This year and the next 2, actually, I find myself in the process of launching my sons into their adult lives. Adam is 19 and yes, still autistic, still has some struggles and is still unique, quirky and wonderful. He is learning the ropes when it comes to asserting himself as an adult, learning to live his life without us in the home and learning to cope with the responsibility required by this transition. I never thought when he was 3, or 6 or 9 that he would be able to be independent, but the time is here and he is almost ready to take the giant step away from Mom and Dad. His father and I always planned 4 years ahead when it came to raising him and helping him achieve his life skills goals. We always challenged him by raising the bar every time he made progress and we are so glad he chose to join us on this journey to his maturity and independence.

Logan is almost 17 and his age is like a shackle holding him back from flinging into his adult life on the horizon. As much as he is comfortable at home, he is like me and wants so much more than what this time and space he finds himself in, has to offer. He is so comfortable in a crowded city and drinks in every experience and each moment a new place has to offer that I am comfortable saying he is ready to fly and he will fly far because he absolutely should. How I envy his youth for the energy, curiosity, enthusiasm and time it offers him. He has no limitations placed upon him. We have never told him what to do, what to like, what to try and which path he should follow when it comes to his life. We have placed no time limits or boundaries on him when it comes to discovering what he likes and what he wants. We expose him to various situations and opportunities and once he makes a choice, he works hard to achieve the goals such opportunities are able to yield. He has chosen to be a spiritual person and he wants to be the best he can in whatever he is involved in and has committed to. He ain’t perfect, but watching him grow up is like reading a very engaging book and I can’t wait to witness the chapters to come.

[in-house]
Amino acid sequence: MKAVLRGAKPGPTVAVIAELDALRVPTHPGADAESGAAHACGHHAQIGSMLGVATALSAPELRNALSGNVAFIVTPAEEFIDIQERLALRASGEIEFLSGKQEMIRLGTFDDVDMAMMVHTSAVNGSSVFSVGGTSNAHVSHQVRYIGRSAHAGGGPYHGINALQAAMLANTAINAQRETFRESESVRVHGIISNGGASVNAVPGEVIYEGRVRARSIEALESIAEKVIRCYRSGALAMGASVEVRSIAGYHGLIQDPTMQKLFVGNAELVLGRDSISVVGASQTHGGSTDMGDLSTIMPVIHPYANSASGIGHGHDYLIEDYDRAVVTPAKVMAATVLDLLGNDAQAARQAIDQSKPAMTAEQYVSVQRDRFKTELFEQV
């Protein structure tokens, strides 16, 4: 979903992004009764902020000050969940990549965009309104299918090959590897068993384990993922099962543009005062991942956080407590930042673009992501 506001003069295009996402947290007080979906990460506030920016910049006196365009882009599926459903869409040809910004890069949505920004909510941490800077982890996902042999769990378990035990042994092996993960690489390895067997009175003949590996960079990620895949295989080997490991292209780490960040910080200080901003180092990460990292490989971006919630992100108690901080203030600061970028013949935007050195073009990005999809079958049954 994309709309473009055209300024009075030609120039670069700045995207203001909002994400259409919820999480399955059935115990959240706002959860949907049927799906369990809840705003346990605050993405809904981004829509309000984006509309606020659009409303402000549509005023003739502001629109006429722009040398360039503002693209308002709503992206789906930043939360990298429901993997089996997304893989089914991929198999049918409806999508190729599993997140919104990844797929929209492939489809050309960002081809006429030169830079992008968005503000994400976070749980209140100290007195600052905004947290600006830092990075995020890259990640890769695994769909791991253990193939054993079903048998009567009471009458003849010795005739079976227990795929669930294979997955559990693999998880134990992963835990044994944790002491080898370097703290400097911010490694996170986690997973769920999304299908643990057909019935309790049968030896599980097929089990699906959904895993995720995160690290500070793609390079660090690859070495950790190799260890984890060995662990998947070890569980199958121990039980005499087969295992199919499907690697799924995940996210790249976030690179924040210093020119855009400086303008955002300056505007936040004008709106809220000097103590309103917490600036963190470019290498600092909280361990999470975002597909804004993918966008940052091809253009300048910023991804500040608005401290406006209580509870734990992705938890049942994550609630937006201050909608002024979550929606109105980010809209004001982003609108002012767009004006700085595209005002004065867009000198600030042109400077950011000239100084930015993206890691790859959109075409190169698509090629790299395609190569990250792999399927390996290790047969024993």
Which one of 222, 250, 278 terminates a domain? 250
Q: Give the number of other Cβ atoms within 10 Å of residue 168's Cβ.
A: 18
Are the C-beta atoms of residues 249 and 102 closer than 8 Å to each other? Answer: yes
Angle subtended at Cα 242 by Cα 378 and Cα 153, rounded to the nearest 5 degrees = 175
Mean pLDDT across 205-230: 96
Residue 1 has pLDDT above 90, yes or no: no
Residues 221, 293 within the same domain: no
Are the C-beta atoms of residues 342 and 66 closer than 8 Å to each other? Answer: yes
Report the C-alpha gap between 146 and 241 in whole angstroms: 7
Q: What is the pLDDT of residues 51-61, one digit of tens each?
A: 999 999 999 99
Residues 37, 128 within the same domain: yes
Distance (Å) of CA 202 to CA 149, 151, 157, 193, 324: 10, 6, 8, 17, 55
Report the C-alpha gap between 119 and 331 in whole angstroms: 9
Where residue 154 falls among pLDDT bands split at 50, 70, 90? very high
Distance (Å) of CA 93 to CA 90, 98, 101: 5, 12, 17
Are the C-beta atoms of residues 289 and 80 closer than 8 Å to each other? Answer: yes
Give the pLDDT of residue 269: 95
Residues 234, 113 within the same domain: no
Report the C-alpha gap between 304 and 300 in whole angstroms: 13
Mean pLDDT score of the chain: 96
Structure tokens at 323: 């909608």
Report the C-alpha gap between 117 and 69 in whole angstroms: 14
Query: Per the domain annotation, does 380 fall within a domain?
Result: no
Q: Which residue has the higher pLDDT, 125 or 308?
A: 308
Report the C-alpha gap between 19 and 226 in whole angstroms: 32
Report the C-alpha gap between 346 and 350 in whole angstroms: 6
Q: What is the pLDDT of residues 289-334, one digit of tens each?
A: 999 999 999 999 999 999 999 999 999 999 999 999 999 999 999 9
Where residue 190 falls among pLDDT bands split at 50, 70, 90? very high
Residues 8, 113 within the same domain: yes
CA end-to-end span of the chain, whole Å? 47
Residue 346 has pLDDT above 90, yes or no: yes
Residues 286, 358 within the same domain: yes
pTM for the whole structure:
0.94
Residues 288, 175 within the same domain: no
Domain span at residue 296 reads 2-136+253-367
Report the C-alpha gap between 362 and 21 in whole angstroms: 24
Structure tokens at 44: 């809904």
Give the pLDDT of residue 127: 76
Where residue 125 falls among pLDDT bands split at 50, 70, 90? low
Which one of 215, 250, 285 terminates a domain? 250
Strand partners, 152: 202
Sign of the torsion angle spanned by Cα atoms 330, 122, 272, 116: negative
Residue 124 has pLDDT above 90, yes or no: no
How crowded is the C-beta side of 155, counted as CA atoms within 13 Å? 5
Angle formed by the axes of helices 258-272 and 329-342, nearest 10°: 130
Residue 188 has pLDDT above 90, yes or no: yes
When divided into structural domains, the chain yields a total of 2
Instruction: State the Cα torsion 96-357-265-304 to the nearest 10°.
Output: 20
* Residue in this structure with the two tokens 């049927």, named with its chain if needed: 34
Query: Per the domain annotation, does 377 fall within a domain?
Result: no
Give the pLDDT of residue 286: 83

But while launch mode has me somewhat occupied, I am finding more than ever that I have phased out of or rejected many things the world presents to me and I am surprised that it’s happening so quickly. I find myself reading things online and seeing things on the news that make me say, “Come again?” I love technology and advancement and all good that they offer but I feel the people of the world don’t know how to cope with the simplest of things. I don’t understand this age of imbecility that has come about. I don’t understand why a spoiled rich 19-year-old would toss not one, but two patio chairs off a high rise apartment into traffic some 38 stories below. I cannot see the fun in such an act. I don’t understand why those involved have no regard for other people’s well-being, their property, their life. I don’t understand the thought process of the friend who was recording the moronic act and I absolutely am floored by the fact that she had not just the best criminal lawyer money can buy, but a smile on her face as she walked handcuffed before the news cameras while her lawyer told reporters she was embarrassed and remorseful. This is is just one example of the new world behavior I cannot comprehend or accept.